Last updated on June 3, 2021
One of the highlights of my day is reading aloud to my residents. And it must be a highlight for them too, because if I haven’t started moving furniture and pulled out my picture books by mid-morning, someone always wants to know “when will you read to us?”
Sofas and recliners are arranged into a circle. All distractions—music, TV, other activities—cease for a time. Blankets cover laps. We settle in to hear fabulous tales of courageous historical figures, famous places, grand inventions, and important events that have shaped our lives. Our Book Club activity brings feelings of connection and belonging to the world, our community and each other. We gather together 7 days a week.
Listening to well written non-fiction stories helps stimulate and build cognitive processes, including thinking, remembering, formulating/asking questions, and commenting. Older adults living with dementia love to hear about individuals like George Washington, Frederick Douglass, Cesar Chavez, Amelia Earhart, and Helen Keller to name a few.
And reading stories of unknown (or not so well remembered) people, such as Patrick Sarsfield Gilmore in “Jubilee! One Man’s Big, Bold, and Very, Very Loud Celebration of Peace” and Mary Garber in “Miss Mary Reporting” help us learn new and amazing facts. Our minds are broadened and we appreciate a variety of life experiences.
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Some of the best discussions I’ve participated in with my residents are those brought on by reading about real people and real events in the history of our world. We stretch our minds and voice our opinions and feelings about topics.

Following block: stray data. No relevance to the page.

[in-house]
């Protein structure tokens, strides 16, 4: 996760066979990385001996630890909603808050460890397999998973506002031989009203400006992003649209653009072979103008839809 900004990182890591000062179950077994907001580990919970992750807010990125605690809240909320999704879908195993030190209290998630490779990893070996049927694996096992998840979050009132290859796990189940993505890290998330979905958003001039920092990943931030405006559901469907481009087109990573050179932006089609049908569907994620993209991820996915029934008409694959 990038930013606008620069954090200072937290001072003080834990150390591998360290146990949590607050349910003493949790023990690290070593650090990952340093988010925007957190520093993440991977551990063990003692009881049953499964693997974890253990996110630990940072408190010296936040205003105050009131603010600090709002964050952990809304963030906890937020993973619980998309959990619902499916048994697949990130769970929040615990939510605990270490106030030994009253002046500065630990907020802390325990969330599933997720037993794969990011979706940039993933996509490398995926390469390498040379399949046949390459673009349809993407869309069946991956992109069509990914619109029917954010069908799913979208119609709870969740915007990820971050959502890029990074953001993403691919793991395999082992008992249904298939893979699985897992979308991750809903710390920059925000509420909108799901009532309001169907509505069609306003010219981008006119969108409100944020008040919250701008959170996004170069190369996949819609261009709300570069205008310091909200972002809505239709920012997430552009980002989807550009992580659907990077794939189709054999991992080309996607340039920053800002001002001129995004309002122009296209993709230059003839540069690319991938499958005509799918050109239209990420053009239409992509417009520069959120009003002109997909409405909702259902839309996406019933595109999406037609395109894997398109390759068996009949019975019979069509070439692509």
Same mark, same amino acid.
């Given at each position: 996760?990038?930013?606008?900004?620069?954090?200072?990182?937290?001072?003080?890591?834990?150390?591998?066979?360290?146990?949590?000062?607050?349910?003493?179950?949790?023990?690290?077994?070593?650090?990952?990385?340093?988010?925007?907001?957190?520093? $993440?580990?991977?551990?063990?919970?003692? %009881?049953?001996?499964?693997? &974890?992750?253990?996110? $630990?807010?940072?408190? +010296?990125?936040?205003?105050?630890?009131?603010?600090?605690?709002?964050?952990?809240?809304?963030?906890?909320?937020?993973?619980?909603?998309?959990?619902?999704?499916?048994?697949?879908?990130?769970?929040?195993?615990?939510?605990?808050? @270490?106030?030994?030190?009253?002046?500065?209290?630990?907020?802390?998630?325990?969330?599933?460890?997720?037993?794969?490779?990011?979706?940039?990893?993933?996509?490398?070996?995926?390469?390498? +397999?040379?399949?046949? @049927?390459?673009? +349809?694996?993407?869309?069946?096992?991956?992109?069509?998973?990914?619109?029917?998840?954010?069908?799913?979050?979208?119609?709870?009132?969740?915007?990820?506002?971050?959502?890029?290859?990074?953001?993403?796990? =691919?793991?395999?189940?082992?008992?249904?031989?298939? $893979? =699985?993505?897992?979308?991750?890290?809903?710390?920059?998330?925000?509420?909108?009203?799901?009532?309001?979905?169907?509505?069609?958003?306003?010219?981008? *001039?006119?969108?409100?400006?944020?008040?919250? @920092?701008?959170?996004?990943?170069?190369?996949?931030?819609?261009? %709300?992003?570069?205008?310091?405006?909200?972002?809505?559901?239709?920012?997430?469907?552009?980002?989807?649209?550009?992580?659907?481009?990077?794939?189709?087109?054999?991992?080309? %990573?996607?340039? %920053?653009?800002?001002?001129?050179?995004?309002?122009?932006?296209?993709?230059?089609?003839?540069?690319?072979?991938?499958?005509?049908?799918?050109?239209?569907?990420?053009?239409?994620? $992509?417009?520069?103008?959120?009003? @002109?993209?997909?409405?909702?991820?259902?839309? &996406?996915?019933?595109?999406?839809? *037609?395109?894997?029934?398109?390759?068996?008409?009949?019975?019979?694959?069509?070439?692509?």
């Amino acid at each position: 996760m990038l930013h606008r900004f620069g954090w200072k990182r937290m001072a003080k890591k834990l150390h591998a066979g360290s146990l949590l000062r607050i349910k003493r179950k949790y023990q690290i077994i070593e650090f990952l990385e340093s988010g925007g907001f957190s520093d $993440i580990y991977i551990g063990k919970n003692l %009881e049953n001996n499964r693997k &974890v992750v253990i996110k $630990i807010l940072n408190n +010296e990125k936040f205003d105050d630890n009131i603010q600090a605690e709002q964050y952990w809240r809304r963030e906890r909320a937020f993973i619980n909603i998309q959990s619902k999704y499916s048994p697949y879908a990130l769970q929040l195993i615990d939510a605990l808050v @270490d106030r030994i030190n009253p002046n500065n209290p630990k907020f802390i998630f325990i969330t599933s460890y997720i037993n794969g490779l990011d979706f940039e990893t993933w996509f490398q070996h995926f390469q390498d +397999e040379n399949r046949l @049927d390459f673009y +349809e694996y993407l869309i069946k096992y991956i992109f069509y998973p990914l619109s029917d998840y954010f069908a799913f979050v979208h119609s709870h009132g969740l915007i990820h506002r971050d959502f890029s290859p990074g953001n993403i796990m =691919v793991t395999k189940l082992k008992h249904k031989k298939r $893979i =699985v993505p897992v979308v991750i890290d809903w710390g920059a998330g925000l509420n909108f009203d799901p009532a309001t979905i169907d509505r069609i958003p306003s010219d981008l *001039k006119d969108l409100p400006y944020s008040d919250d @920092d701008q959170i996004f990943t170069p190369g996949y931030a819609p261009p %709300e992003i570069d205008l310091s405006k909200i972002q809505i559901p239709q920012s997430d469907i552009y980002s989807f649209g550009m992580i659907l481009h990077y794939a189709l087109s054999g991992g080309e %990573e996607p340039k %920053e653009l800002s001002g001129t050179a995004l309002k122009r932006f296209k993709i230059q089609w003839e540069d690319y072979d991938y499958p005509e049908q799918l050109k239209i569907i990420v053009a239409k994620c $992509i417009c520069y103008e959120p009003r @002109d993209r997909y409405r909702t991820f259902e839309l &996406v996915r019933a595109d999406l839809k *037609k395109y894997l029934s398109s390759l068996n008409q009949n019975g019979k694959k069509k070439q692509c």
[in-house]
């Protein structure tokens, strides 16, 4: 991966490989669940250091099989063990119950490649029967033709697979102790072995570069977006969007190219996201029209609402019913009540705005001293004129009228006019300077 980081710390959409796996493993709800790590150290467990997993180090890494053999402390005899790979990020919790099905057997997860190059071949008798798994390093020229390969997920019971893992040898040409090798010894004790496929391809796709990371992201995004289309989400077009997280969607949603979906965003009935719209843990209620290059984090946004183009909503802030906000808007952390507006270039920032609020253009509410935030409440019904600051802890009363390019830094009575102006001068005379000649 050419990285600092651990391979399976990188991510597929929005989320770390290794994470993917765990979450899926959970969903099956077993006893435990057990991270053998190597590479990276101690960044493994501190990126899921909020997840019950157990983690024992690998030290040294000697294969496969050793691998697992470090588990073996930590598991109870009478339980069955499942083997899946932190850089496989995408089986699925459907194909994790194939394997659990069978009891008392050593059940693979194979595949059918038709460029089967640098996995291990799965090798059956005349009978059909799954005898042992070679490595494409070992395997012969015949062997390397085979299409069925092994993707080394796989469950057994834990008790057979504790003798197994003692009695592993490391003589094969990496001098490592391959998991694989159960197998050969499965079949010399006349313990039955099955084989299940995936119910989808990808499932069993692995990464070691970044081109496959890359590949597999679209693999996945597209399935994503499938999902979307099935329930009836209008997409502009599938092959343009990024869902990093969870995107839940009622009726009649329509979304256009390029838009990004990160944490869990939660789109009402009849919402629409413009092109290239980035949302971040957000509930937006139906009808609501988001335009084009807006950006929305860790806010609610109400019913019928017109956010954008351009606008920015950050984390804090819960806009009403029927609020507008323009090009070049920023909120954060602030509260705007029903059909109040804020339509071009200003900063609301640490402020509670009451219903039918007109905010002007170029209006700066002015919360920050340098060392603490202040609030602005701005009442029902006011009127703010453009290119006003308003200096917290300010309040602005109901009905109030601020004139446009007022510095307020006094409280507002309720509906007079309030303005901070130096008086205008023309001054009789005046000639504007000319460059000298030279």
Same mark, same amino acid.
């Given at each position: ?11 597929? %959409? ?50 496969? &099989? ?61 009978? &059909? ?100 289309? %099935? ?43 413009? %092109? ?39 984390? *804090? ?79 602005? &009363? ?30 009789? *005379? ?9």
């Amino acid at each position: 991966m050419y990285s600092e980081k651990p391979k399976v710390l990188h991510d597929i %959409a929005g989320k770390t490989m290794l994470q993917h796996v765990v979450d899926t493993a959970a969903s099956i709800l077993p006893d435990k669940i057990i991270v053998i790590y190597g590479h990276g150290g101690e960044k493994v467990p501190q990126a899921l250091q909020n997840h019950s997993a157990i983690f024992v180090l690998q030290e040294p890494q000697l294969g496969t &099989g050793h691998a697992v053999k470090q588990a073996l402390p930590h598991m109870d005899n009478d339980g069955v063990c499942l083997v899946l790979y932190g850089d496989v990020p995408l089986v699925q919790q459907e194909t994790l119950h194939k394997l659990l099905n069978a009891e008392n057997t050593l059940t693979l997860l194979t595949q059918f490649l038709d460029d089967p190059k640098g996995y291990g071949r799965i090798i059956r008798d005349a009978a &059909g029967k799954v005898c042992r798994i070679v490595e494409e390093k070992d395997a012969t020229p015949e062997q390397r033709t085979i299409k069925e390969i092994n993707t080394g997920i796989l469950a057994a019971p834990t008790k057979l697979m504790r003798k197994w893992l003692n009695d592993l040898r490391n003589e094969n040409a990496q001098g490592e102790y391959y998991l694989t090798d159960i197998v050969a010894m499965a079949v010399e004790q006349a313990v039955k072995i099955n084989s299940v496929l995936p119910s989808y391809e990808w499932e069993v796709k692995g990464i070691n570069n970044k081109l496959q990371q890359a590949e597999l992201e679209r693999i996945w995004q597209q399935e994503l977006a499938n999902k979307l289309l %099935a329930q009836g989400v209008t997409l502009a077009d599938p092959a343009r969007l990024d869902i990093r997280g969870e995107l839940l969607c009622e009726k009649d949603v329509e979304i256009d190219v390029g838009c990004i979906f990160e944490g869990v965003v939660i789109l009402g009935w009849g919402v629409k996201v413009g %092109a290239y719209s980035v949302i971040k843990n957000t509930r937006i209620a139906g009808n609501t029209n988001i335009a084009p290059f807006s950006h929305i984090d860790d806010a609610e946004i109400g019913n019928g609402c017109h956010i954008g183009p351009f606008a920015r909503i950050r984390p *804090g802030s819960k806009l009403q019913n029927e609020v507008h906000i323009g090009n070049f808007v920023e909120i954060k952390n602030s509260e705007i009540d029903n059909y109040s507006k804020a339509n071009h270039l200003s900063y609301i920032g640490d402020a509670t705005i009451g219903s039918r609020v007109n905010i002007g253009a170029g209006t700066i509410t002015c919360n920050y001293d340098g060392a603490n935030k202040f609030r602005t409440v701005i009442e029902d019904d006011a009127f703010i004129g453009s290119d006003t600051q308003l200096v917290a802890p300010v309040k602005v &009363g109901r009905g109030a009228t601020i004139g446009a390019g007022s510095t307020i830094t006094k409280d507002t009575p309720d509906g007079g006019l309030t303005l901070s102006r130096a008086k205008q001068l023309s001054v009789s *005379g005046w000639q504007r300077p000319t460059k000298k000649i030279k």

At this point, you might be thinking these are books for kids not adults. Please know, I would never talk down to or disrespect my residents in any way. Each book I recommend to you is written in appropriate and respectful language and a tone for adults living with dementia. Every title I suggest is tried and true.
Children’s picture books are my favorite books to read aloud for several reasons:
- Simplistic, engaging storytelling
- Interesting subjects
- One story can easily be read in 10-15 minutes
- Illustrations and or photos enhance the understanding of and interaction with the topic
- And, there are about a billion amazing books to choose from!
A favorite author is David A. Adler. He has a series of picture books about famous people in the United States:
A couple other great series, by various authors/illustrators, that I read regularly include:
- Alphabet Books Series and Number Books Series/Sleeping Bear Press
- Discover America State by State Series/Sleeping Bear Press (listed below)
- Discover Canada Province by Province/Sleeping Bear Press (listed below)
- Discover the World/Sleeping Bear Press (listed below)
Each book is packed with captivating information and beautiful illustrations.
This is a long list, but then there are 50 states and worth pursuing. My residents love these titles:
Other Titles about America
Discover Canada Province by Province Series
Discover the World Series
Reading aloud to individuals and groups, especially if they are unable to read for themselves, is very important not only to the person living with dementia but also to the reader. Some of my residents have macular degeneration, glaucoma, or other eye issues that prevent them from seeing words on a page. Others are in the later stages of dementia, so have lost the ability to read. When someone else reads, listeners can relax, reminisce, smile, laugh, feel happy.
Feelings of loneliness, sadness, fear, and anxiety in people living with dementia can vanish when someone takes the time to read aloud. So, grab a book or two and invite someone to join you!
Check here for my free list more book recommendations.
Please leave comments, questions, suggestions, requests, experiences below.
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